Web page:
The House of Deputies on Thursday morning passed five resolutions that, if approved by the House of Bishops, would challenge the state of Israel over its treatment of Palestinians in the West Bank and Gaza more forcefully than the Episcopal Church has been willing to do in the past.
Under Resolution B016 the church would follow the example of the Evangelical Lutheran Church of America in developing “criteria for Israel and Palestine based on a human rights’ investment screen and the actions of General Convention and Executive Council over the past seventy years.” The Lutherans’ policies are spelled out in their document, “Justice for the Holy Land Through Responsible Investment.”
In presenting the legislation, Deputy Brendan O’Sullivan-Hale, chair of the Committee on Stewardship and Socially Responsible Investing, told the house that unlike a previous resolution on investment screens that had been defeated in the House of Bishops, B016 was on the bishops’ consent calendar.
The resolution passed on a voice vote after a brief floor debate. Later in the day, the resolution was removed from the bishops’ consent calendar and the bishops took up in the afternoon a number of the resolutions that deputies had passed in the morning. B016 awaits final action in the House of Bishops.
After the debate on B016, the deputies next passed Resolution D039 which condemns Israeli laws and policies that “discriminate against Palestinian citizens of Israel and have inevitably led to the current state of apartheid.”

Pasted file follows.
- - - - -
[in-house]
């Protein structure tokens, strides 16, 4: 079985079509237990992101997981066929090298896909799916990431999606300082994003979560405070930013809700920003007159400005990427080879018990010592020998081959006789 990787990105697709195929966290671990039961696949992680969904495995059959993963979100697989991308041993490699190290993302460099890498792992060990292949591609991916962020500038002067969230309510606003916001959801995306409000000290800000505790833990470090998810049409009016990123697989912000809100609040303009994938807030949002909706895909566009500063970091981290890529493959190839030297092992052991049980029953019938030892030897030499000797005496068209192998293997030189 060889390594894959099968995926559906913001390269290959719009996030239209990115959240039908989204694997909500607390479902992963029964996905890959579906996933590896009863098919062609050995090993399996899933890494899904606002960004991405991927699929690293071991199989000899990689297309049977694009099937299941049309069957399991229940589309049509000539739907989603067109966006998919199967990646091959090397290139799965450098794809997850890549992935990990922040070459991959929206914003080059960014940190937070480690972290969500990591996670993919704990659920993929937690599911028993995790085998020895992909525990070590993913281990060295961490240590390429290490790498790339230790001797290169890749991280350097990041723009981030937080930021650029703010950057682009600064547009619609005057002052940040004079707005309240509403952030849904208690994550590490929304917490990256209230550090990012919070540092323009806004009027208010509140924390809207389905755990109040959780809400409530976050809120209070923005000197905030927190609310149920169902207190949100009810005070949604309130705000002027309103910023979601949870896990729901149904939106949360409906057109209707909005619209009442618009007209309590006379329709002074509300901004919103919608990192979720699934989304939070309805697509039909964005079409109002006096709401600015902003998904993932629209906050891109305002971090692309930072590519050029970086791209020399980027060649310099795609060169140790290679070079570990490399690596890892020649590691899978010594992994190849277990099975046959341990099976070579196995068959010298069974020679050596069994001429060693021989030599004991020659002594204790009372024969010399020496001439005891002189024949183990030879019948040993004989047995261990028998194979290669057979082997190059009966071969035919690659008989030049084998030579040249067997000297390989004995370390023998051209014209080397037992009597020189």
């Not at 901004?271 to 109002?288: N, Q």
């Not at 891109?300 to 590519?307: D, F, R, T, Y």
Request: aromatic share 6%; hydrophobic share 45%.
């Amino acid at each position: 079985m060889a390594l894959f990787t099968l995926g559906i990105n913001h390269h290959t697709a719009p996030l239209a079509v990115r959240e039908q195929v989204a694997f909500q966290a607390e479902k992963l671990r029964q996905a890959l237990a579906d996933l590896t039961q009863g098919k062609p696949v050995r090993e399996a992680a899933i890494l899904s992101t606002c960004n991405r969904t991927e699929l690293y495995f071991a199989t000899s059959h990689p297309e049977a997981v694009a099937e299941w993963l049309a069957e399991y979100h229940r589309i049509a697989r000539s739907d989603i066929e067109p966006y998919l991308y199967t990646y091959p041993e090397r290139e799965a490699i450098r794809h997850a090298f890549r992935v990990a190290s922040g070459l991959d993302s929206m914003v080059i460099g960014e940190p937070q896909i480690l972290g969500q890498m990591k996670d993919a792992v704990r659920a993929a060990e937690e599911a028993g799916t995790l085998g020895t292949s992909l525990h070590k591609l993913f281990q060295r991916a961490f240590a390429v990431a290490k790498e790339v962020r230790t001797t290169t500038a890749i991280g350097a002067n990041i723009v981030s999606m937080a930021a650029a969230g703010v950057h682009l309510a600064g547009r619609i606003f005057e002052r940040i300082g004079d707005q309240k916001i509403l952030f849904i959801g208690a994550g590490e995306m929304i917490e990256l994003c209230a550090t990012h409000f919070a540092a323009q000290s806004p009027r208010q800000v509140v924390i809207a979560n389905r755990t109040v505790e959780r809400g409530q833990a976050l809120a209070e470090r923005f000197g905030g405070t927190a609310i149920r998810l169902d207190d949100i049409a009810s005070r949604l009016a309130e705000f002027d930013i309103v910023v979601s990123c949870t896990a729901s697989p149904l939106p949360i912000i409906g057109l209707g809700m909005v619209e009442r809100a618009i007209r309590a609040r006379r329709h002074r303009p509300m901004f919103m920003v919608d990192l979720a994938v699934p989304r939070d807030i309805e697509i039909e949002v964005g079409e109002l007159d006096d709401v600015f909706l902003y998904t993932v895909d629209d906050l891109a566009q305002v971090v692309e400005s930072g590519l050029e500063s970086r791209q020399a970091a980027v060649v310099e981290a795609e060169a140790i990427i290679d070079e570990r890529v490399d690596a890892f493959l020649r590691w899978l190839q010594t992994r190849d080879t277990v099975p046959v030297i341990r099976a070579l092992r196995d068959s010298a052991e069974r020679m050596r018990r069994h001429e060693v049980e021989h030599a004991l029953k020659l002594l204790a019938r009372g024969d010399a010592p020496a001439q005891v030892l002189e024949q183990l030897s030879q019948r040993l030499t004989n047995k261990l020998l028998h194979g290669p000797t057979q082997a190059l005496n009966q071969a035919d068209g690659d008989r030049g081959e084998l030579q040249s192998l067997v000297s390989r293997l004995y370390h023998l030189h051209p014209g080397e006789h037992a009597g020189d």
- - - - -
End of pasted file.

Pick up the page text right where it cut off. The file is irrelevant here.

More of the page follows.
The resolution also “condemns the system of military justice applied in the occupied Palestinian territories that subjects Palestinians to detention without charges or counsel, detain minors without parental presence,” deprives Palestinians of their right of peaceful assembly, and results in lethal violence against unarmed Palestinians.”
Supporting the resolution, Deputy Pam Nesbitt of the Diocese of Pennsylvania read a letter from Archbishop Desmond Tutu, Bonnie Anderson, former president of the House of Deputies, and Patti Browning, widow of former Presiding Bishop Ed Browning.
“Just as we rightly hear the cry of migrants seeking shelter and asylum on the borders of the US, so, too, does our conscience demand we campaign to end the detention of children and political prisoners caught in the 51-year-old vice of occupation,” the trio wrote.
Deputy Bill Murchison of Dallas took strong issue with the debate, which was dominated by supporters of the resolution. “What is it that foreign policy experts of Episcopal Church have against Israel’s right to deal … with its security issues?” he asked. Murchison, who said Hamas and Hezbollah are primarily responsible for the continuing conflict between Palestinians and Israelis, called the use of the word “apartheid” in the resolution “intellectually dishonest.”